Andrew Auernheimer (weev) wrote,
Andrew Auernheimer

Henry Purcell's "Dido and Aeneas": an Opera for trolls. @SoundOfUrchin @TheResident @fbz

A couple weeks ago I was at the flat of some new friends (Tomato, the vocals/drums for Sound of Urchin, and the RT network's The Resident) and I was introduced to an artist named Klaus Nomi. I love countertenor vocals, have seen Andreas Scholl and Phillippe Jaroussky live multiple times and think it is a tragedy that this style of male vocals does not make it into the pop culture mainstream. Klaus Nomi was a countertenor that broke somewhat into pop culture and somehow I'd never heard him before. He died of AIDS two years before I was born and maybe that had something to do with it. Tomato put on Nomi's "Encore" album. Midway through a song came on, and despite never having heard Nomi I began singing the lyrics in unison. The song was titled "Wayward Sisters" and begins with part of the libretto from my favorite English opera, which I know by heart: Henry Purcell's "Dido and Aeneas". After they introduced me to Nomi, I introduced them to Henry Purcell and the opera Tomato had been unknowingly listening to for three decades.

I have always been a huge fan of opera. I have seen upwards of a hundred operas. I usually went to Italian or German operas. When I got to prison I no longer had the virtue of Met subtitles so I had to start being a big consumer, for the first time of my life, of English operas. This did me a huge favor, for outside of the confines I would never have been exposed to the most subversive and brilliant opera I'd ever listened to, the opera I'm discussing in this blog entry.

Purcell's Dido is an opera all about trolling. You could make only the most minor changes in the plot to make it about trolling someone on LiveJournal using XSS exploitation. In short, Dido, the Queen of Carthage, is a lulz cow. She is a crazy, whiney bitch along the lines of old LJD classics like Mediacrat. Her boyfriend, Aeneas, had just fled the ruin of Troy. After he sails to Carthage, he finds Dido and shows her how Greeks fuck and they end up falling in love. A bunch of sorceresses get together and decide to troll Dido into committing suicide. They decide to impersonate Hermes, through the summoning of an elf through magic (but could just have easily XSS'd the blog of Hermes) to appear before Aeneas and tell him to return to Troy to rebuild it. Aeneas (clearly not checking message signatures) tells Dido of his intent to depart. She throws a fit and says she's going to kill herself. Aeneas then decides to stay but she spurns him so he leaves anyways. Dido then kills herself. The trolls won, end of story.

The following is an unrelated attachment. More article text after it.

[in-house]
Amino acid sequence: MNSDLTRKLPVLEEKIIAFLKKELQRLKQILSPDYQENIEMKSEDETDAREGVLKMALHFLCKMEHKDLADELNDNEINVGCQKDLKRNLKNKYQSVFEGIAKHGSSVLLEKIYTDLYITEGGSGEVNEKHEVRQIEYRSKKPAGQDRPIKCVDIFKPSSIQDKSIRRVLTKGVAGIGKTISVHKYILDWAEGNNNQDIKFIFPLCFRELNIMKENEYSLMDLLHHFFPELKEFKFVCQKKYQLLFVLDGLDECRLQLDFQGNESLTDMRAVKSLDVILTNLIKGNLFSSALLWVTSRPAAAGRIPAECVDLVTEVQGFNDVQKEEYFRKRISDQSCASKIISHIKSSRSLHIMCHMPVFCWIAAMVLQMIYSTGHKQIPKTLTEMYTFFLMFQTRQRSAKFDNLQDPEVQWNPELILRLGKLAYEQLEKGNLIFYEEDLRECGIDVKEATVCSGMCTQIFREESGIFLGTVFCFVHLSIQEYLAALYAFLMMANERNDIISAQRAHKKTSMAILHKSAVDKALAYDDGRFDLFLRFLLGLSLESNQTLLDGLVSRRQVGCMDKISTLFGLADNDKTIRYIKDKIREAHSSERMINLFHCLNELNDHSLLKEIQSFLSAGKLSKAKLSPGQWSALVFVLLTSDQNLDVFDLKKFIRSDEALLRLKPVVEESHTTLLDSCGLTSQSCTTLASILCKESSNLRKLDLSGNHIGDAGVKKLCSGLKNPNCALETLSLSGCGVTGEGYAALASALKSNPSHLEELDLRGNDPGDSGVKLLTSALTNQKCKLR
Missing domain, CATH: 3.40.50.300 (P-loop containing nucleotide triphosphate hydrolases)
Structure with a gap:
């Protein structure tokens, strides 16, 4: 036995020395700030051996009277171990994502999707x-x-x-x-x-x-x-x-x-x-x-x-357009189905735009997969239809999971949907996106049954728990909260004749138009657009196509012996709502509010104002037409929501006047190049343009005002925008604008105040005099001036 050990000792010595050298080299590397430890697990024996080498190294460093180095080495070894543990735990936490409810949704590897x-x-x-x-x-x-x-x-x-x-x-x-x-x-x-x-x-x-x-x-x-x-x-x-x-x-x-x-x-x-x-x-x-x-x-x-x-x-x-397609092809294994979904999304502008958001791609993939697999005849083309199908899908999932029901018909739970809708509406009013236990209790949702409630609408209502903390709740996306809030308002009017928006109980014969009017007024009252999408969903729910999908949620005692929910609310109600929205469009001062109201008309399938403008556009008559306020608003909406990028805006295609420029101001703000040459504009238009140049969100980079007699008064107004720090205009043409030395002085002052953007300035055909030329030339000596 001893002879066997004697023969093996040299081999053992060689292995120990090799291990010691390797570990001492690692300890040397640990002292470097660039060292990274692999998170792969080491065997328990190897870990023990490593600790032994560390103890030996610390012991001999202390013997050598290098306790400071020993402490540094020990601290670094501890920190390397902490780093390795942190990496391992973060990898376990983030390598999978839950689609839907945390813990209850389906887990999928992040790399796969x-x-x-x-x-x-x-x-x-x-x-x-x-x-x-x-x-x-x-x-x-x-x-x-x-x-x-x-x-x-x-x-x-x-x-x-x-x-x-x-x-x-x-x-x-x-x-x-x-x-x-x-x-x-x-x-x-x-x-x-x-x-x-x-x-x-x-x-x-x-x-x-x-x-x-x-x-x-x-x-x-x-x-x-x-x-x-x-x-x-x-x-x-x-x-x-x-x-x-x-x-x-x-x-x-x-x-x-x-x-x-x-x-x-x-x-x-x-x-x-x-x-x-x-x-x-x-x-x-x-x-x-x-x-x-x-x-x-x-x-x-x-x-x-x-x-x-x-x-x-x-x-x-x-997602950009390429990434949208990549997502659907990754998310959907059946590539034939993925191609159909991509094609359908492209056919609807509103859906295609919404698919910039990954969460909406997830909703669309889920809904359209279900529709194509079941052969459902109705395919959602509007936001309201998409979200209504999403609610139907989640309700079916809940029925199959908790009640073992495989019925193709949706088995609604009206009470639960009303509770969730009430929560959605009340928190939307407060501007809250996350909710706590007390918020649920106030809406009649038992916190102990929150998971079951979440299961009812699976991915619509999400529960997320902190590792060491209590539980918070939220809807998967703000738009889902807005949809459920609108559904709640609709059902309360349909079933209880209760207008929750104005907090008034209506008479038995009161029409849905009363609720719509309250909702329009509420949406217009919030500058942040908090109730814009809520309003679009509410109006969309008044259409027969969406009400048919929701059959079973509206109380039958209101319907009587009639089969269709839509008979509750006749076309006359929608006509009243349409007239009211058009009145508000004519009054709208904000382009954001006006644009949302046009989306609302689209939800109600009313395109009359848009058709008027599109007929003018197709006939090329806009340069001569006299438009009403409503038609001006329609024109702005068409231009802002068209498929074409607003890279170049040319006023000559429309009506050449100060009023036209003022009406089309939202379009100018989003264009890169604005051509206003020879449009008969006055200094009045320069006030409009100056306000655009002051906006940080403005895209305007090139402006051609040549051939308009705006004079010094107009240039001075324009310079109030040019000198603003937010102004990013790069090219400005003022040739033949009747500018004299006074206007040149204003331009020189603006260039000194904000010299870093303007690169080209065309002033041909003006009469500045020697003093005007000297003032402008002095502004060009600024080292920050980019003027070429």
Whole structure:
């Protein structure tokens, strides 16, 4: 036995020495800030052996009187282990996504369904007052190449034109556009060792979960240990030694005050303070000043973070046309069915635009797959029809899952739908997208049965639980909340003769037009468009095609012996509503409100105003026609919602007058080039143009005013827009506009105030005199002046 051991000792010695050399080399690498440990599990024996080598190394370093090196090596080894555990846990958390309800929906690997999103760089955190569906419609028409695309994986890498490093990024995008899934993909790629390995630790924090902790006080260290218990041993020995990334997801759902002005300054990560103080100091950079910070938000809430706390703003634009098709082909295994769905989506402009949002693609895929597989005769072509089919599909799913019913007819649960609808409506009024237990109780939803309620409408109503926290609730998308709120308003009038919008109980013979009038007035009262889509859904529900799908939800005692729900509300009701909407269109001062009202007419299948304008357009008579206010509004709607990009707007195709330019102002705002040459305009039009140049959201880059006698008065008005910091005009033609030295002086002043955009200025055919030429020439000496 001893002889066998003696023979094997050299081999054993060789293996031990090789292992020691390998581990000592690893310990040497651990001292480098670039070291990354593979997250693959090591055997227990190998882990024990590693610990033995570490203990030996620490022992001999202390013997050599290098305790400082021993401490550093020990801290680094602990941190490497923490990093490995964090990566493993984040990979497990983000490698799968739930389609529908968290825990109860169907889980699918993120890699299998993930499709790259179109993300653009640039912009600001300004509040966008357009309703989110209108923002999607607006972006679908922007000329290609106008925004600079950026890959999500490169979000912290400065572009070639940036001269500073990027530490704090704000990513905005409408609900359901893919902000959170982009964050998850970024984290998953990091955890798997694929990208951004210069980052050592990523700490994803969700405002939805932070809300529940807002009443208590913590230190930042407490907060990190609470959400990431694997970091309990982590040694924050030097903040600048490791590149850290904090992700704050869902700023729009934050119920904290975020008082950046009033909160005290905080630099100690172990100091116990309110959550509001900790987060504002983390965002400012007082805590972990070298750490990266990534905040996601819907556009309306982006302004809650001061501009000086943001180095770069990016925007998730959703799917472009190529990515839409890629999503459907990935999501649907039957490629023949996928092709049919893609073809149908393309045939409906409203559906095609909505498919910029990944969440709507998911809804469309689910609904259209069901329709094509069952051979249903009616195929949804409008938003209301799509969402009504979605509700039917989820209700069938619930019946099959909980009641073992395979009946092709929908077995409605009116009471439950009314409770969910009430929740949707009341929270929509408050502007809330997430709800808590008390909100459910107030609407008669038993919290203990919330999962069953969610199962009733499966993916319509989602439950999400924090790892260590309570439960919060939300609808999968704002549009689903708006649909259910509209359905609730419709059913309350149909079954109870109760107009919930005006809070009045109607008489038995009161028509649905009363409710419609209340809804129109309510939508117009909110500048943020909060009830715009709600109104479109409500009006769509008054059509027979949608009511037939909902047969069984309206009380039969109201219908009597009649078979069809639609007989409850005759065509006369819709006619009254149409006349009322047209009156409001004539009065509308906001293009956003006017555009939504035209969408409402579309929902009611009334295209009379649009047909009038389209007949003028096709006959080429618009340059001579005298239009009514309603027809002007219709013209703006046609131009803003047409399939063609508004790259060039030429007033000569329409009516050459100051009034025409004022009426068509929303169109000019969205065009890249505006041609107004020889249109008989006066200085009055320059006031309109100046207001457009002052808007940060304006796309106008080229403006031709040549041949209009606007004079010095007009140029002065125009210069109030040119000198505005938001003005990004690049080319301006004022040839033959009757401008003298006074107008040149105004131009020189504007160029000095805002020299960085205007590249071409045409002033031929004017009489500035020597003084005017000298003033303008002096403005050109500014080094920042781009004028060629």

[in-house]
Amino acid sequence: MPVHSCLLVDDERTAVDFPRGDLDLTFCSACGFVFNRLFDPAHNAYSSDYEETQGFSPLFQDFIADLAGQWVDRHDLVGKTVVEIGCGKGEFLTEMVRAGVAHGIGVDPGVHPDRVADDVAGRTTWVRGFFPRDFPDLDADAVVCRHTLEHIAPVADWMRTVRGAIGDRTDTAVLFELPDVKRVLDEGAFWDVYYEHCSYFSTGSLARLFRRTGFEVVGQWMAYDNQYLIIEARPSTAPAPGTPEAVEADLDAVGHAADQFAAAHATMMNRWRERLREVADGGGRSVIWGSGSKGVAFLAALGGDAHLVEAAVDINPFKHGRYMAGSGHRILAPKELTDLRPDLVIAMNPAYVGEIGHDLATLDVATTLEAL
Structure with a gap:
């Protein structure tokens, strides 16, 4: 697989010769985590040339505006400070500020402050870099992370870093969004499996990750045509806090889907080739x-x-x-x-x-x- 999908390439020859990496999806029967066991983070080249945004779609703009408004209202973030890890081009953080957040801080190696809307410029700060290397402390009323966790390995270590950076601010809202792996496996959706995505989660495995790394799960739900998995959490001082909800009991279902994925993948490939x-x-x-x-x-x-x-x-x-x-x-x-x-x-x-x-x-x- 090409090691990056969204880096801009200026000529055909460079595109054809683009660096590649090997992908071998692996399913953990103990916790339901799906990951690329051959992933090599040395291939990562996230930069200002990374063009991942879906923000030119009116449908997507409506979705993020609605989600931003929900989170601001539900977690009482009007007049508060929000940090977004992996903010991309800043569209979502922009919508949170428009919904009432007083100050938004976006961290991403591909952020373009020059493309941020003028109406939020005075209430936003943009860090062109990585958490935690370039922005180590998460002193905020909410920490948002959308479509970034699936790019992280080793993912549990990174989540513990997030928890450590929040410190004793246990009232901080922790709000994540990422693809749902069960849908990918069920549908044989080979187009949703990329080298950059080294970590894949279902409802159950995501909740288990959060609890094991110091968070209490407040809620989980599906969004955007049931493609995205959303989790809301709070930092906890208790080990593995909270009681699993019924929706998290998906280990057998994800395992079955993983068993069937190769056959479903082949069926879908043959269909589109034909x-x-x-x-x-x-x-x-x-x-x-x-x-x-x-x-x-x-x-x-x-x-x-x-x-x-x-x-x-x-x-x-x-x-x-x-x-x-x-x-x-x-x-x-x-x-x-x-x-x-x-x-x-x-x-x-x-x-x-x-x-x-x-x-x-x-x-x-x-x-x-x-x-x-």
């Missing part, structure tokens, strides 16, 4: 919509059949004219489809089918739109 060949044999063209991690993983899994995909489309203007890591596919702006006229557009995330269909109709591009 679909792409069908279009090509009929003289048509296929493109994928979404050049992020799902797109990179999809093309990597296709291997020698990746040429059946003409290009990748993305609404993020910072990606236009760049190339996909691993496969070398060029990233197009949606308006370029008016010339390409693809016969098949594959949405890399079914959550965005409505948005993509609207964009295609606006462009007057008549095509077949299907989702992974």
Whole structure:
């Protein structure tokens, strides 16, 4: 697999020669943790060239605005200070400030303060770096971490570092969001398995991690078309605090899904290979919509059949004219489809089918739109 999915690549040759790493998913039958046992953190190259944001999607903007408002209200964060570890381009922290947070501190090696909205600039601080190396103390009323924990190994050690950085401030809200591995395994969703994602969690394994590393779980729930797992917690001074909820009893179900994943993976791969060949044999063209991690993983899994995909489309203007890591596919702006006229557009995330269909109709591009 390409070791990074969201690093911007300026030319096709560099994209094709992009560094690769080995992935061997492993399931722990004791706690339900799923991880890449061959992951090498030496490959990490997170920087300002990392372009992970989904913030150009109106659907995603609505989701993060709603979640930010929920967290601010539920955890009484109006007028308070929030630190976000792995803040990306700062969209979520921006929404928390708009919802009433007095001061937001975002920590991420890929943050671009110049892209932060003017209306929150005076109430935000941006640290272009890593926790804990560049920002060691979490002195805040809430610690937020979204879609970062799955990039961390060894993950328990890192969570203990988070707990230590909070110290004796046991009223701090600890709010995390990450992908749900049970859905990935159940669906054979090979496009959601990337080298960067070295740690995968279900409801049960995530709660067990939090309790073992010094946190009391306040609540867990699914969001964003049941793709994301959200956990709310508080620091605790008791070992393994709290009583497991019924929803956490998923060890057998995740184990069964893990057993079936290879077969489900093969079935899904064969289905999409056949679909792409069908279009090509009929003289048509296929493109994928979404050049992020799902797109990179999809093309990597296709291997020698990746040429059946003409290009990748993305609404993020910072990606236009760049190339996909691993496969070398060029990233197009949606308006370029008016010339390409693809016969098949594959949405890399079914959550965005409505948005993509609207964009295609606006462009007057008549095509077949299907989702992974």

The musical progressions of the scenes with the witches are the kind of music one typically saw in cantatas, or works produced for religious institutions. They are downright reverent, the most cantata like part being a wonderful harpsichord piece featuring several bars where the only vocalization is an endless droning of witchcraft practitioners saying "ha ha ha". One can imagine how subversive this was in the 1680s. The opera was essentially blacklisted from polite society. The only place he could perform it was a girl's school, thus giving young girls a great example of the foolishness of falling head over heels for a dude they'd just banged and the ridiculousness of idiotic lovesickness. It never played in a proper opera house within his lifetime. Now it is considered among the greatest of English language operas.

I read in the Norton critical score version of "Dido and Aeneas" (which was a wonderful gift from world's greatest hardware hacker Fabienne Serriere I received while incarcerated at MDC Brooklyn) the repeated criticism that the antagonists didn't have a realistic motive. The only motivation presented for the sorceresses to perform these acts are the following quotes from the libretto:
"The Queen of Carthage, who we hate-- as we do all in prosp'rous state."
"Appear at my call and share in the fame of a mischief shall make all Carthage flame."
The critics at the time of Purcell and the many centuries after said it was unrealistic that anyone would attack another merely to "share in the fame of a mischief". I'm sure that everyone that is familiar with Internet culture can appreciate the foresight and unique understanding of the human character that Purcell exhibited.

Please, watch this opera. It is potentially the most insightful piece of music and theatre ever performed.
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